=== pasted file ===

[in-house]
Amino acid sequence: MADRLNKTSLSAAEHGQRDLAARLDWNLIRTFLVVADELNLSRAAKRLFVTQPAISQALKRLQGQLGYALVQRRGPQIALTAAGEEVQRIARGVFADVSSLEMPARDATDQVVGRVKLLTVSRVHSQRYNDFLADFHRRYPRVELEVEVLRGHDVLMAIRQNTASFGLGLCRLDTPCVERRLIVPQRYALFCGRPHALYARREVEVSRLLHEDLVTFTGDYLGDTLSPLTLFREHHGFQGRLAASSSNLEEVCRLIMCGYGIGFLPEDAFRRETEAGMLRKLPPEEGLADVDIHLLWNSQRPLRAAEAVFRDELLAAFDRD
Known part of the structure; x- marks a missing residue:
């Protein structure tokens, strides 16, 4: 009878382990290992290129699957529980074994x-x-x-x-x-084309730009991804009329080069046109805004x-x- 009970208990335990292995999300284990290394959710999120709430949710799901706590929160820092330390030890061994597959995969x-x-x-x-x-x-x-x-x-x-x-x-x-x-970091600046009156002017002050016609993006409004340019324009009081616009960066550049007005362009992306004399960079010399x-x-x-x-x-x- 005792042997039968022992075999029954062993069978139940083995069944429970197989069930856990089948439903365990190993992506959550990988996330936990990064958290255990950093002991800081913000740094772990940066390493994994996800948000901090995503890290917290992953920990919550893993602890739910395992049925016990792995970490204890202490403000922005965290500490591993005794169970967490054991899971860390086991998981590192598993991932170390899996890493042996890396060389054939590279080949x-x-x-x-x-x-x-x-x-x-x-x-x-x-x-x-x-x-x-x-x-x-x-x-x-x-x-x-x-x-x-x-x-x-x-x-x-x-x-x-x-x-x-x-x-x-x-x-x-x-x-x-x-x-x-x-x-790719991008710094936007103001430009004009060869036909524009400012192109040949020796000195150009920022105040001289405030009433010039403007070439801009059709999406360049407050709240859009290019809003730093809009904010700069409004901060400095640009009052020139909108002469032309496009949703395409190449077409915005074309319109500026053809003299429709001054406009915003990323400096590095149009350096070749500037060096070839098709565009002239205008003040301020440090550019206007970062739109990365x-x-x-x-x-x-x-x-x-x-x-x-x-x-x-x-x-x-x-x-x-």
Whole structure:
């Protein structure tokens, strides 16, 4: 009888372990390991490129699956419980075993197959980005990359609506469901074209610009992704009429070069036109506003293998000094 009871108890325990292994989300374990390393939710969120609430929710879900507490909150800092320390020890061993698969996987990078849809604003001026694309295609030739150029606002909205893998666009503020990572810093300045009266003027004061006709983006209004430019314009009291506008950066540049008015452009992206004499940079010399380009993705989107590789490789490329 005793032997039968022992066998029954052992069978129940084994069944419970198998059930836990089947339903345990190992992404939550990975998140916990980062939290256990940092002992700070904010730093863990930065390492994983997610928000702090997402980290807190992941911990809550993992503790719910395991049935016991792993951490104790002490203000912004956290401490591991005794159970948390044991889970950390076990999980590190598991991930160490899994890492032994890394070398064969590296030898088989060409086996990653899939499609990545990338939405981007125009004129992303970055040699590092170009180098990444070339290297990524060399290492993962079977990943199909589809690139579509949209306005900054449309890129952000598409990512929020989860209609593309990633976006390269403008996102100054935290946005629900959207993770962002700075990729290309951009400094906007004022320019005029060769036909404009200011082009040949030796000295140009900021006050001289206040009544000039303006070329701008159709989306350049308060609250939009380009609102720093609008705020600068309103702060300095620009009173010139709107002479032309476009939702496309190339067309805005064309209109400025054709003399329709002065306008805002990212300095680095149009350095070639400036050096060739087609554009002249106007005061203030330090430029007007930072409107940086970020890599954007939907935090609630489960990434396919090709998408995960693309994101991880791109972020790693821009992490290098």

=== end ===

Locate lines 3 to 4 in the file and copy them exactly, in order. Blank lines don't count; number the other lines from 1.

Known part of the structure; x- marks a missing residue:
């Protein structure tokens, strides 16, 4: 009878382990290992290129699957529980074994x-x-x-x-x-084309730009991804009329080069046109805004x-x- 009970208990335990292995999300284990290394959710999120709430949710799901706590929160820092330390030890061994597959995969x-x-x-x-x-x-x-x-x-x-x-x-x-x-970091600046009156002017002050016609993006409004340019324009009081616009960066550049007005362009992306004399960079010399x-x-x-x-x-x- 005792042997039968022992075999029954062993069978139940083995069944429970197989069930856990089948439903365990190993992506959550990988996330936990990064958290255990950093002991800081913000740094772990940066390493994994996800948000901090995503890290917290992953920990919550893993602890739910395992049925016990792995970490204890202490403000922005965290500490591993005794169970967490054991899971860390086991998981590192598993991932170390899996890493042996890396060389054939590279080949x-x-x-x-x-x-x-x-x-x-x-x-x-x-x-x-x-x-x-x-x-x-x-x-x-x-x-x-x-x-x-x-x-x-x-x-x-x-x-x-x-x-x-x-x-x-x-x-x-x-x-x-x-x-x-x-x-790719991008710094936007103001430009004009060869036909524009400012192109040949020796000195150009920022105040001289405030009433010039403007070439801009059709999406360049407050709240859009290019809003730093809009904010700069409004901060400095640009009052020139909108002469032309496009949703395409190449077409915005074309319109500026053809003299429709001054406009915003990323400096590095149009350096070749500037060096070839098709565009002239205008003040301020440090550019206007970062739109990365x-x-x-x-x-x-x-x-x-x-x-x-x-x-x-x-x-x-x-x-x-």